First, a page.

An exploration of Fantasy and Science Fiction Worlds in literature and multimedia entertainment The official blog and novelblog for Evernade Saga and FireHeart Saga by Andry Chang
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Friday, July 20, 2007
Kvetha Fricäya. Greetings Friends.
I know it has been a long time since my last newsletter, but there hasn't been that much Inheritance news since the movie came out last December. After the excitement of the premiere, I returned to the business of finishing Book Three. Since then, I've been writing nonstop, but I promise to send you more frequent updates.
For the past seven months, I've been writing with a metal-nib, ink-dip pen. What is this like? You can picture me hunched over a drafting table, an adjustable lamp clipped to the side of the table, my iPod on the left of the desk, along with our cat doing his best to catch the tip of the pen as it makes it way across the page.
Random House sent us a whole slew of new foreign editions of both Eragon and Eldest. One of my favorites is the Japanese Eragon mass-market paperback, which they split into three volumes, each one having a computer-generated version of Saphira from the US cover posed at three different angles. When I saw the three volumes together, my first thought was to say, "Yes, the trilogy is already done!" Ah well.
I know, I know . . . what you really want to hear are some juicy tidbits about the plot or the release date or the name of Book Three, but I must ask for your patience a bit longer. Please know that I appreciate your support as I write.
While you're waiting to rejoin Eragon and Saphira's adventures, you might want to check out these items:
There is a section on Eragon in a newly-released book, The Kids' Book Club Book: Reading Ideas, Recipes, Activities, and Smart Tips for Organizing Terrific Kids' Book Clubs, Judy Gelman and Vicki Levy Krupp, Jeremy P. Tarcher/Penguin Group, 2007.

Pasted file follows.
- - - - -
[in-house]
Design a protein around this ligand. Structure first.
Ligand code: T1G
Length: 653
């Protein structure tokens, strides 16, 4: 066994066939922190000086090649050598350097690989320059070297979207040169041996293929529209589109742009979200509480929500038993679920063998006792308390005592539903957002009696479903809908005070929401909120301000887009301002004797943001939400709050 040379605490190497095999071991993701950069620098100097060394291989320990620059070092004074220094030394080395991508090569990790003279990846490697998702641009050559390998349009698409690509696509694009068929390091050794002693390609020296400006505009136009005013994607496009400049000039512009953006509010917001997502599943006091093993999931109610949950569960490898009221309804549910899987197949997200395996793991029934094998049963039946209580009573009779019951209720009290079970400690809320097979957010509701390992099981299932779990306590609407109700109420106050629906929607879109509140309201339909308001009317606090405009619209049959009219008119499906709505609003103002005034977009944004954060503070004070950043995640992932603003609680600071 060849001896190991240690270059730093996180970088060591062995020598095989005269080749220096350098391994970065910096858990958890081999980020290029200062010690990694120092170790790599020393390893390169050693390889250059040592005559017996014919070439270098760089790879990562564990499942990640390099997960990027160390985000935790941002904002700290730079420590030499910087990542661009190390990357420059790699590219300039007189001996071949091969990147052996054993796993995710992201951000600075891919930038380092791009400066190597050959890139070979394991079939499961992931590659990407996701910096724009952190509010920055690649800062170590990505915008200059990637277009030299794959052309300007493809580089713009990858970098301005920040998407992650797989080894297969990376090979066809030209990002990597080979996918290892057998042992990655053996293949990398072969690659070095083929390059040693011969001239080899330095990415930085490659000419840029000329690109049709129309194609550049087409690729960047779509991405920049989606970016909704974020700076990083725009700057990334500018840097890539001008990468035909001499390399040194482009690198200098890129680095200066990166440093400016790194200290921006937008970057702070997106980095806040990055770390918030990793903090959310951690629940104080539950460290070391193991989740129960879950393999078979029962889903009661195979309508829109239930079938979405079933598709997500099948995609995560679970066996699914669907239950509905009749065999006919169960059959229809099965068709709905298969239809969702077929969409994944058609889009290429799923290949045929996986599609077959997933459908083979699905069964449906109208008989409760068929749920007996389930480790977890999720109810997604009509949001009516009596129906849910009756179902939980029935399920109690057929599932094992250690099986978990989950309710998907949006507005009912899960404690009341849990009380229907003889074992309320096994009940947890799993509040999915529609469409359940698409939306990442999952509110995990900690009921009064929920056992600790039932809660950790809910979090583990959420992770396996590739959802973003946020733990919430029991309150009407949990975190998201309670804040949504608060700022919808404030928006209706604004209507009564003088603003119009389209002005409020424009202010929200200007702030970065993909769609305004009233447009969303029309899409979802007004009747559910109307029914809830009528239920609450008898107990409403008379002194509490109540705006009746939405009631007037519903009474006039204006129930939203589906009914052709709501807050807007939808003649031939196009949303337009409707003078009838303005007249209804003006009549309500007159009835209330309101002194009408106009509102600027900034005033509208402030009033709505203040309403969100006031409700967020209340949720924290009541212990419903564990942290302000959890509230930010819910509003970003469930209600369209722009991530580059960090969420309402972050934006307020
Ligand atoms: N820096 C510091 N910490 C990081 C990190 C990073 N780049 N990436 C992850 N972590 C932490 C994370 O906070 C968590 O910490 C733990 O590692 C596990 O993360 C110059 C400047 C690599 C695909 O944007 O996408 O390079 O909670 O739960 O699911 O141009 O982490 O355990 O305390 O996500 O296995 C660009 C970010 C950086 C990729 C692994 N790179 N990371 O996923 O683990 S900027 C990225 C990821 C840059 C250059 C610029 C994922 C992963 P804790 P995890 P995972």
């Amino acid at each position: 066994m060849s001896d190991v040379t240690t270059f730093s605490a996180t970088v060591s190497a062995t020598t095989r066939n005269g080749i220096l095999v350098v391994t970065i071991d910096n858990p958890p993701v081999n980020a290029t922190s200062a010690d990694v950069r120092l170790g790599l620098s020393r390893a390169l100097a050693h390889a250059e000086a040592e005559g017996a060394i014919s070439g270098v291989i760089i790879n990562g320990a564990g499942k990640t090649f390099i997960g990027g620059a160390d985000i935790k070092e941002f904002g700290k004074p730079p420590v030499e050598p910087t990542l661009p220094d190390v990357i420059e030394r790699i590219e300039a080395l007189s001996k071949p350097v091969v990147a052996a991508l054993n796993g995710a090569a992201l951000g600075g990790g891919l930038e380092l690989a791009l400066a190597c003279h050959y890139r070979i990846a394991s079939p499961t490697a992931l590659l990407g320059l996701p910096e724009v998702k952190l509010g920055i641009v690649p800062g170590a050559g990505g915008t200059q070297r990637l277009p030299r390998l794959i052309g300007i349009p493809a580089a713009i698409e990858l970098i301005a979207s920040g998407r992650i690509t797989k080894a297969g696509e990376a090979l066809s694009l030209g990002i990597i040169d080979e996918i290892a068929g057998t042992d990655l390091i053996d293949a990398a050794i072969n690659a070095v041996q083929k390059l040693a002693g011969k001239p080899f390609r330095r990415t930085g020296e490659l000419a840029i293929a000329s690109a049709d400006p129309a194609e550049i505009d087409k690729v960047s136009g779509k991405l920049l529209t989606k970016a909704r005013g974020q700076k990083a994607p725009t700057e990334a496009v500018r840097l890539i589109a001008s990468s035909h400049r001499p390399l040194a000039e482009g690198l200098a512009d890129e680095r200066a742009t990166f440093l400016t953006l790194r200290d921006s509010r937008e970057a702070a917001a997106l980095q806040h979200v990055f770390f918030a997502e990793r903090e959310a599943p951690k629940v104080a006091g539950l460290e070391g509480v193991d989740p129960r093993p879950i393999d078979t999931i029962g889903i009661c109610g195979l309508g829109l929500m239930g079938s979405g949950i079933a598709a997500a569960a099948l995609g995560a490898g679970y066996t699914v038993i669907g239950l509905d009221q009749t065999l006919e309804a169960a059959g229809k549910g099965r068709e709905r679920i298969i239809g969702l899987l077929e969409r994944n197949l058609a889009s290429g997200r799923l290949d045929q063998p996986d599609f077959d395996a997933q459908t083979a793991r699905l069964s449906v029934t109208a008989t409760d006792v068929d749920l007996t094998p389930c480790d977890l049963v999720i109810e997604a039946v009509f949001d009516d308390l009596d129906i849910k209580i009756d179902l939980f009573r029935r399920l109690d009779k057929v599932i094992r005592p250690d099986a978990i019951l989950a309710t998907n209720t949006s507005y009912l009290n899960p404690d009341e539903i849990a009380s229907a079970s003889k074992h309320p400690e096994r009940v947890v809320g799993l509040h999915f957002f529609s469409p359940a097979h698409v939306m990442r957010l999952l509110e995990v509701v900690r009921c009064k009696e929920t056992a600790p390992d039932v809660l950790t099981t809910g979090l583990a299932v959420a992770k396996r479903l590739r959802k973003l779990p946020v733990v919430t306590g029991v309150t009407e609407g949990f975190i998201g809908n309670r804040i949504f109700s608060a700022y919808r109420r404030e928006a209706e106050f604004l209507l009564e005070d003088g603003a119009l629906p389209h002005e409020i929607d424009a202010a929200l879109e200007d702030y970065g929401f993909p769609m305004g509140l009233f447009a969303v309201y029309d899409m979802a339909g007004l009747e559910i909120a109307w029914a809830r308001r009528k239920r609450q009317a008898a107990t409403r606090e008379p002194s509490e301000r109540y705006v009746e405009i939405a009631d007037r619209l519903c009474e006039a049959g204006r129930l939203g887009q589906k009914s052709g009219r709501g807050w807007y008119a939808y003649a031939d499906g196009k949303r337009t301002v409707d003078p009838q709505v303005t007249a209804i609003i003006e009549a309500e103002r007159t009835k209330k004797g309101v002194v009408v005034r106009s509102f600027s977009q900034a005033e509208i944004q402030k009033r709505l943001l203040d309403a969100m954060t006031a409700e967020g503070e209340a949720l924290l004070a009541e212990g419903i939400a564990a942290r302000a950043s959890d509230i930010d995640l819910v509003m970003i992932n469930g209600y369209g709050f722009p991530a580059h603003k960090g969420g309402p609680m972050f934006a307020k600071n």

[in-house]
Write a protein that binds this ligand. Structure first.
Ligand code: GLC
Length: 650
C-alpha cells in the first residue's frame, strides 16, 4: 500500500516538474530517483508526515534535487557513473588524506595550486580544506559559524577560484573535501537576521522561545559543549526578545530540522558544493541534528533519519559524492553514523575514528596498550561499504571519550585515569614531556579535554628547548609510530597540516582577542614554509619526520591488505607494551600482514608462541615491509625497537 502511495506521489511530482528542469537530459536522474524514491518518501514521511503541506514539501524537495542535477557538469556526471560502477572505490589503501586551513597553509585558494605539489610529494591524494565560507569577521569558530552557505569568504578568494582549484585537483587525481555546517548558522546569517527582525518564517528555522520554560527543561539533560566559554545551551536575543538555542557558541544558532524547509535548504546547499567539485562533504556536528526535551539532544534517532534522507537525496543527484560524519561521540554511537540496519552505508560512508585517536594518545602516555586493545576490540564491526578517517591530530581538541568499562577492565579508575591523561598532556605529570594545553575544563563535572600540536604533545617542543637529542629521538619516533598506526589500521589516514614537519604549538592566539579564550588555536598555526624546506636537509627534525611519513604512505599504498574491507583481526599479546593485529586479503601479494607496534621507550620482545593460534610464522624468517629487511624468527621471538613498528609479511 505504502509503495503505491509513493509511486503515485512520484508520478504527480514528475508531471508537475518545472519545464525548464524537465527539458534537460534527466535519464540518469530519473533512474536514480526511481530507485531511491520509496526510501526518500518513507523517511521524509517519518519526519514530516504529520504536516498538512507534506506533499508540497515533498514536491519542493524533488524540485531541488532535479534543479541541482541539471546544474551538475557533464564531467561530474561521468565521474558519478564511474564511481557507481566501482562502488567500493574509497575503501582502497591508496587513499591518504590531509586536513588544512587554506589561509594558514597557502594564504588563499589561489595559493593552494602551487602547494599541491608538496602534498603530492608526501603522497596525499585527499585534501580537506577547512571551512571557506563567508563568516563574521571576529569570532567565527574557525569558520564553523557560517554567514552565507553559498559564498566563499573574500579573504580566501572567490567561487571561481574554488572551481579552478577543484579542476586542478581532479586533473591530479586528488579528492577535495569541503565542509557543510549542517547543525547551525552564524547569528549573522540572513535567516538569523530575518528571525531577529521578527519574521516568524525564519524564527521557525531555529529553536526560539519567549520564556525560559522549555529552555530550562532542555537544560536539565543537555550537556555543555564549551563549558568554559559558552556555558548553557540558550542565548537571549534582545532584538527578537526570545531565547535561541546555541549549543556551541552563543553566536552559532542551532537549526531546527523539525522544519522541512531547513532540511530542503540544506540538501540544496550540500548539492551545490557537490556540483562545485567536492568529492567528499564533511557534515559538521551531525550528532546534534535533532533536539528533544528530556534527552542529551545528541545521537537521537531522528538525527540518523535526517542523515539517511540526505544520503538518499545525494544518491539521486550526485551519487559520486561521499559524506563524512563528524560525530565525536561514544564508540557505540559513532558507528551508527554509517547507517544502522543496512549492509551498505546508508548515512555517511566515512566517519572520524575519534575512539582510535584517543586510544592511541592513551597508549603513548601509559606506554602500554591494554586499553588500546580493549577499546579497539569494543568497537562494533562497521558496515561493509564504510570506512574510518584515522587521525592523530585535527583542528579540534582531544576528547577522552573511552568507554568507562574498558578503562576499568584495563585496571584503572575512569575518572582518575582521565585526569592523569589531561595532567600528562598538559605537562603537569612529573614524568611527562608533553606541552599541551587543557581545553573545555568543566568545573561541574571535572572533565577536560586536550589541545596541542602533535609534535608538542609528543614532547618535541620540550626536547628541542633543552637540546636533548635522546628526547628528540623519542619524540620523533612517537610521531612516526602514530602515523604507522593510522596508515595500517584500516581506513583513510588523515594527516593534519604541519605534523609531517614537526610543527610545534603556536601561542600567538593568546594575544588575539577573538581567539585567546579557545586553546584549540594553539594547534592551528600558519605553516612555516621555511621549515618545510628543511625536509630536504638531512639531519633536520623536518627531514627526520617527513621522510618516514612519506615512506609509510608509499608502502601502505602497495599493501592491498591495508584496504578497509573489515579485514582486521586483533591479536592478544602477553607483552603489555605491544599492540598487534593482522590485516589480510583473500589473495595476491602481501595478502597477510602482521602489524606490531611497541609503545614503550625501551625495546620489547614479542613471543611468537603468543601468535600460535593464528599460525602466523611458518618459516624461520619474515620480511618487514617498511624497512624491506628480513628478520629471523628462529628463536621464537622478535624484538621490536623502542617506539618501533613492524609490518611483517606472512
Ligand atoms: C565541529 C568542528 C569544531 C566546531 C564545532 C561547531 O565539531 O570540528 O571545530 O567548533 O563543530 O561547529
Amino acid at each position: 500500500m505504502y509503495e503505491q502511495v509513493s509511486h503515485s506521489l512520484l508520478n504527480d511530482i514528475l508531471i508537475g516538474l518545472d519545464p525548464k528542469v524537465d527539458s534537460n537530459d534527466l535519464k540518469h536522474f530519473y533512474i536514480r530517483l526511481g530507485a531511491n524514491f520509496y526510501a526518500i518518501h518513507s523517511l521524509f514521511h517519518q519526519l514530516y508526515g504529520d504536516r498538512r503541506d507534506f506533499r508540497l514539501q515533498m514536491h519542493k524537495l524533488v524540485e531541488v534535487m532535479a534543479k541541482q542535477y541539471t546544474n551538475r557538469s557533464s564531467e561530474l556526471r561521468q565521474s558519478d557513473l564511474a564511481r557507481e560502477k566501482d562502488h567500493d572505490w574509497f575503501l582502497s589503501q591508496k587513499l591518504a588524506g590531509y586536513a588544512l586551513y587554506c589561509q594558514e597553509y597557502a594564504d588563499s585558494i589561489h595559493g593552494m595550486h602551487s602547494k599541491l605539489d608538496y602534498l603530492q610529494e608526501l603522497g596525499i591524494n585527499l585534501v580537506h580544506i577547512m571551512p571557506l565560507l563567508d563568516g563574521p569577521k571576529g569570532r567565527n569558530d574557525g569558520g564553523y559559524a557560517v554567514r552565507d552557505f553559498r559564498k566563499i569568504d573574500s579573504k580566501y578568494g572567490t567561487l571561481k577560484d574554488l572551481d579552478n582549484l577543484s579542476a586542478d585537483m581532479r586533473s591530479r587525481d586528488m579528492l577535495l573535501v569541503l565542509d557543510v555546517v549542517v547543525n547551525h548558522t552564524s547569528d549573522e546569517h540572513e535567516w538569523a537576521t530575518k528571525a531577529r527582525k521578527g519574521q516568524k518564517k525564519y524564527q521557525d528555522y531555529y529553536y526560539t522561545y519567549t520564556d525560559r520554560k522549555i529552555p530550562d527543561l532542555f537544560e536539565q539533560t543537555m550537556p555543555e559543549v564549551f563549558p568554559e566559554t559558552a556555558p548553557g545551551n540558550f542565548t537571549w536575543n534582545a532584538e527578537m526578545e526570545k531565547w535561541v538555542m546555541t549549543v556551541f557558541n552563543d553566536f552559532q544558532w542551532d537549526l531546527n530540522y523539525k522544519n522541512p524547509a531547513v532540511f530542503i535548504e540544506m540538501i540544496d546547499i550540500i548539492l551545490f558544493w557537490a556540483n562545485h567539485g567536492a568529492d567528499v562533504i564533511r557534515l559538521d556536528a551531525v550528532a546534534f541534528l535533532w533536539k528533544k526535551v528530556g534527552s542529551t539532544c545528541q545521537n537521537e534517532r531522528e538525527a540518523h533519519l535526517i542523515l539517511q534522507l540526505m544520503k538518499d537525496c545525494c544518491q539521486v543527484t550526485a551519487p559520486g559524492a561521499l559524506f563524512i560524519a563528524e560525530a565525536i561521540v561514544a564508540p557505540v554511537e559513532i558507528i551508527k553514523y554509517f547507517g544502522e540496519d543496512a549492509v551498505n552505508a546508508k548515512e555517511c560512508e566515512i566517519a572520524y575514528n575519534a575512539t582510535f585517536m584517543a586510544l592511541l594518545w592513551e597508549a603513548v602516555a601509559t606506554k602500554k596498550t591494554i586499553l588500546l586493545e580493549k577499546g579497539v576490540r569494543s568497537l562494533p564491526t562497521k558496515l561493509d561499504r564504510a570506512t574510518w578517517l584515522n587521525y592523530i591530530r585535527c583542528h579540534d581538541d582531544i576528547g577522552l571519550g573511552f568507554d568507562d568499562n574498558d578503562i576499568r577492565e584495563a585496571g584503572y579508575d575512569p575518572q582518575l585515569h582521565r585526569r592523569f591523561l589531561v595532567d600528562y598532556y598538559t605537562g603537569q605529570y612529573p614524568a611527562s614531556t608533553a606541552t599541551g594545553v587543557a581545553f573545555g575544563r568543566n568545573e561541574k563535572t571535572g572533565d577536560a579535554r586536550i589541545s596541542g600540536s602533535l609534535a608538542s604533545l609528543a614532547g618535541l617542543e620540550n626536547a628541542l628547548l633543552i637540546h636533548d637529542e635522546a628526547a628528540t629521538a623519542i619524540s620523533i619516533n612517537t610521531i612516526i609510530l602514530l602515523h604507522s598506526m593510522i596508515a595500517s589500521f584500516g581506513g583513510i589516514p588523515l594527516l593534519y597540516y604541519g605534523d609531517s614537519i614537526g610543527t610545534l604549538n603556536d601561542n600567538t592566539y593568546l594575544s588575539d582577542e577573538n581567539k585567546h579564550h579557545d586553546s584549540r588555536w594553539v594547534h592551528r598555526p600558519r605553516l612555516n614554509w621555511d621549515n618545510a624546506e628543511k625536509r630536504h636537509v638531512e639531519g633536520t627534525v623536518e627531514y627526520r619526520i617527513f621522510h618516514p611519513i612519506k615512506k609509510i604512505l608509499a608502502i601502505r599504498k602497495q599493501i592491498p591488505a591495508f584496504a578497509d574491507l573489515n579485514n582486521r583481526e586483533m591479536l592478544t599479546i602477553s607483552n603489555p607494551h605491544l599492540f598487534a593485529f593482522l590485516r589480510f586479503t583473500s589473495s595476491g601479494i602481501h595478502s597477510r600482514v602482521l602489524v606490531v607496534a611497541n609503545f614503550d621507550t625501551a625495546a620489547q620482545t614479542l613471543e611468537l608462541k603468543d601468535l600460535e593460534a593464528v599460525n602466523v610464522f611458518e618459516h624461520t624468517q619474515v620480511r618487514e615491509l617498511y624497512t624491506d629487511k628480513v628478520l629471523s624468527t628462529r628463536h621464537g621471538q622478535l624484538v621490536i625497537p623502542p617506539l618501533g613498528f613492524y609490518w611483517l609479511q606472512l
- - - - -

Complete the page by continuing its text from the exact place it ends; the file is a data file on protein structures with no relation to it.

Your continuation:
And here are a few books I've enjoyed recently. (Scalzi's books contain adult language and situations and therefore are not appropriate for younger readers. The Carpet Makers is fine for teens and adults.)
Old Man's War, John Scalzi, 2004 The Ghost Brigades, John Scalzi, Tor Books, 2006 The Last Colony, John Scalzi, Tor Books, 2007 John Scalzi writes science fiction that is fun, intelligent, and irreverent. He takes today's cutting-edge technology, extrapolates it into the future, and uses it to tell swashbuckling adventures. I haven't enjoyed science fiction this much in years.
From the back cover of Old Man's War: "John Perry did two things on his 75th birthday. First he visited his wife's grave. Then he joined the army. The good news is that humanity finally made it into interstellar space. The bad news is that planets fit to live on are scarce - and aliens willing to fight for them are common. The universe, it turns out, is a hostile place."
The Android's Dream, John Scalzi, Tor Books, 2006 And here's another from John Scalzi. It's about a sheep cult that's out to change the world. Just read the book; it's wickedly funny. You will never look at sheep the same way again!
Andreas Eschbach has created one of the most unique, superbly-constructed sci-fi worlds in the The Carpet Makers. Eschbach is a master storyteller.
From the back cover: "Since the time of pre-history, carpetmakers tie intricate knots to form carpets for the court of the Emperor. These carpets are made from the hairs of wives and daughters; they are so detailed and fragile that each carpetmaker finishes only one single carpet in his entire lifetime.
"This art descends from father to son, since the beginning of time itself.
"But one day the empire of the God Emperor vanishes, and strangers begin to arrive from the stars to follow the trace of the hair carpets. What these strangers discover is beyond all belief, more than anything they could have ever imagined . . ."